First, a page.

lift at New Castle Airport at Hares Corner on North Du Pont Highway.

Word of the Cuba flights' availability does provide some positive news
for the Delaware River and Bay Authority-operated facility, which lost
commercial carrier Frontier Airlines in June.

Frontier's departure left Delaware as the only state without direct
commercial airline service.

Source: Charter flights to Cuba now leaving New Castle Airport -

Monday, August 31, 2015

Ladies in White Denounce Arrests That Began Early Sunday Morning

Ladies in White Denounce Arrests That Began Early Sunday Morning / 14ymedio
Posted on August 30, 2015

14ymedio, 30 August 2015 — The leader of the Ladies in White, Berta
Soler, reported several arrests of opponents and independent journalists
beginning early today. Those detained were prevented from attending Mass
at Santa Rita Church and from participating in the traditional Sunday
march along Fifth Avenue. Despite the strong police operation deployed
around the parish, at least 40 Ladies in White and 15 activists managed
to arrive at the site.

The blogger and activist Agustín López Canino was prevented from leaving
his house by the police car with the number 632 and reporter Juan
Gonzalez Febles was arrested before reaching the location of the march,
according to sources from the dissidence. This newspaper was able verify
the existence of a strong police operation on several streets around the
meeting site of the Ladies in White at Gandhi park starting before ten
o'clock in the morning.

For her part, the dissident Martha Beatriz Roque reported via Twitter
the "troubling proximity between the forces of repression" and the
Ladies in White who were able to reach the park. In particular, a rapid
response brigade gathered at the corner of 3rd avenue and 24th, as
reported by the regime opponent Juan Angel Moya.

As they left the place, the police proceeded to violently arrest the
assembled activists. To date their whereabouts are unknown, but in the
past the women have been transferred to a processing center in Tarara,
east of Havana and men to the place known as Vivac in Calabazar.

Source: Ladies in White Denounce Arrests That Began Early Sunday Morning
/ 14ymedio | Translating Cuba -

Wipe the Slate Clean and Start Over, or Form a Truth Commission?

Cuba: Wipe the Slate Clean and Start Over, or Form a Truth Commission?
Posted on August 30, 2015

Ivan Garcia, 11 July 2015 — On a leaden afternoon in 1960 that portended
rain, René, 79 years old, recalls how a half-dozen militia members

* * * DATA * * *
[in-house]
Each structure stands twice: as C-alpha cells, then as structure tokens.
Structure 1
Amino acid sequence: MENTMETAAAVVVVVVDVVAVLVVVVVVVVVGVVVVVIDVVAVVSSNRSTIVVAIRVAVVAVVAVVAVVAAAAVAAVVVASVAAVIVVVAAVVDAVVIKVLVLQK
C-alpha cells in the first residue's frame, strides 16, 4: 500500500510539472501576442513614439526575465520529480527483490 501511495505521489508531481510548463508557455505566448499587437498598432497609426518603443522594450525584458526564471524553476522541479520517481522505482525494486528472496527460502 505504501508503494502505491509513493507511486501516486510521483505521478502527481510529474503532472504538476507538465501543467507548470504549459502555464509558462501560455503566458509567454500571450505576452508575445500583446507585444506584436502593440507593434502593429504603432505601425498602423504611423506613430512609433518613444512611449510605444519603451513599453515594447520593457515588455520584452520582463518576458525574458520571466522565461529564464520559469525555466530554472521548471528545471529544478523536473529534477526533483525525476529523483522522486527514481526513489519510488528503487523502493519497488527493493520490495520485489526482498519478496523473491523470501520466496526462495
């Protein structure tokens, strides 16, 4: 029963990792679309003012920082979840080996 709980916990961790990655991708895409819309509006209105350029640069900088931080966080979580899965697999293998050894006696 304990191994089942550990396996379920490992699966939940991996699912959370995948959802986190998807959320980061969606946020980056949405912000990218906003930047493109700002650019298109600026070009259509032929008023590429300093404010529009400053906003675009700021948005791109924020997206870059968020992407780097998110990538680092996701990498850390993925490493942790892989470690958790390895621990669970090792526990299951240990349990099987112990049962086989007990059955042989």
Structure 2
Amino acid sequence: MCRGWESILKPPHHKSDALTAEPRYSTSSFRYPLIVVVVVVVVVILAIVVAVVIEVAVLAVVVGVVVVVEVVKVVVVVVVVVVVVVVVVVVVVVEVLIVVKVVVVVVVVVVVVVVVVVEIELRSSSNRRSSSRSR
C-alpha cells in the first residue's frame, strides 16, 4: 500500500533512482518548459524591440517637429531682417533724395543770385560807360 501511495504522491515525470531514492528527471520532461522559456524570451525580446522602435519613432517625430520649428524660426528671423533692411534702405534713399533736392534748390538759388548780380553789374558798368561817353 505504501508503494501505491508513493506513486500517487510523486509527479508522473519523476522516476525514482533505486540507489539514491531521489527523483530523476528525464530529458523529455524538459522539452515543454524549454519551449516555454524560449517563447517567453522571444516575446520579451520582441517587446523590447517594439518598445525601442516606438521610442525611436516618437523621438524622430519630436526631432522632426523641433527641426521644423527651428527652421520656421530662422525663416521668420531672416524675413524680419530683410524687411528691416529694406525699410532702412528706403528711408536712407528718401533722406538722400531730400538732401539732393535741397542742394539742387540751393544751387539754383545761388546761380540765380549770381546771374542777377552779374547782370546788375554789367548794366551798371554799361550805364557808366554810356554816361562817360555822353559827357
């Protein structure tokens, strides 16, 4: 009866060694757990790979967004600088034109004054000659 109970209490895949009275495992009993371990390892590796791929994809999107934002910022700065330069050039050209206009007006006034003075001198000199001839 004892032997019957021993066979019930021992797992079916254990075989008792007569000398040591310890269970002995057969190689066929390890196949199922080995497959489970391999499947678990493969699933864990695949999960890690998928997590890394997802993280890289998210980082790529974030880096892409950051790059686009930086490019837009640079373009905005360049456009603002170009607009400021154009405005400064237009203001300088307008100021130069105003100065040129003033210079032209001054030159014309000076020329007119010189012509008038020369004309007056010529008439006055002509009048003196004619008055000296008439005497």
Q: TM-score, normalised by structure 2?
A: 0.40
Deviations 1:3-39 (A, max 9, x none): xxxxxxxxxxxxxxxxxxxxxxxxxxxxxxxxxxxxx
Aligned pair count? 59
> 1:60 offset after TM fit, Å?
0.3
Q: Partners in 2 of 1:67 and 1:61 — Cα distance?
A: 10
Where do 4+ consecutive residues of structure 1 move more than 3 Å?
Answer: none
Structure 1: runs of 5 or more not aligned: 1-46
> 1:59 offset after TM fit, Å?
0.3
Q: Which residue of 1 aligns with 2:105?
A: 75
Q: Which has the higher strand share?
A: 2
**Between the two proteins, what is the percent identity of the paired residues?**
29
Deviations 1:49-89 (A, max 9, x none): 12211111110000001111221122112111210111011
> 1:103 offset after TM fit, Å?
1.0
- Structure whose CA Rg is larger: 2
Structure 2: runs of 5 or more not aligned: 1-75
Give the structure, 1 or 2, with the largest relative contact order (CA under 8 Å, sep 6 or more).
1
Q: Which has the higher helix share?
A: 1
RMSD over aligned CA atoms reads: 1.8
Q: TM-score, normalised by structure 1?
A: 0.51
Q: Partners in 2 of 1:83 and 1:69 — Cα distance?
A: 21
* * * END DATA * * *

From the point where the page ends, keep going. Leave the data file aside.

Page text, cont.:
encased in wide uniforms and bearing Belgian weapons appeared at his
uncle's house in the peaceful neighborhood of La Víbora to certify the
confiscation of his properties.

"My family owned a milk processing plant that produced white and cream
cheeses. They also owned an apartment house and a country residence. In
two hours they were left with just the house in La Víbora and a car.
Fidel Castro's government confiscated the rest without paying a cent.
Within six months they flew to Miami. Of course, I would view it well if
the Cuban state were to compensate us for that arbitrariness. But I
doubt it. Those people (the regime) have never liked to pay debts,"
says René, who still lives with his children and grandchildren in the
big house that had belonged to his relatives.

The Bearded One's confiscatory hurricane was intense. Residences, works
of art, jewelry, automobiles, industries, stores, businesses and
newspapers were nationalized in the name of Revolutionary Justice.

Later, in 1968, the pyre of expropriations extended to the frita stands,
neighborhood grocery stores, and scissor-sharpening shops. "They'd
arrive with their dog faces and seize everything. Later, the owner of
the little shop would have to sign a form attesting that the surrender
had been voluntary. As far as I know, nobody protested. There was too
much fear," recalls Daniel, formerly the owner of a shoe repair shop.

Roy Schecher, an American born in Cuba, saw his rural property of
5,666 hectares, and a 17-room, colonial-era house in Havana,
expropriated by the government; it is now the residence of the Chinese

Schechter's daughter, Amy Rosoff, told the publication News.com that
when the authorities told her parents that their properties no longer
belonged to them, they escaped from the Island in a ferry, carrying
their hidden jewelry.

Schecter even paid all his employees before leaving, with the hope that
he would return. He spent the rest of his life working in his
father-in-law's shoe store, and reminding his daughter that the lost
properties would one day be reclaimed.

Cases like these number in the thousands. The United States government
alleges that the military autocracy in Cuba owes $7-billion dollars to
former property owners.

Several law firms in the US and Spain expect to wage a legal battle for
their clients to obtain just compensation. Nicolás Gutiérrez, a Florida
resident (but born in Costa Rica after his parents, Nicolás Gutiérrez
Castaño and Aleida Álvarez, were exiled) defends the idea that some day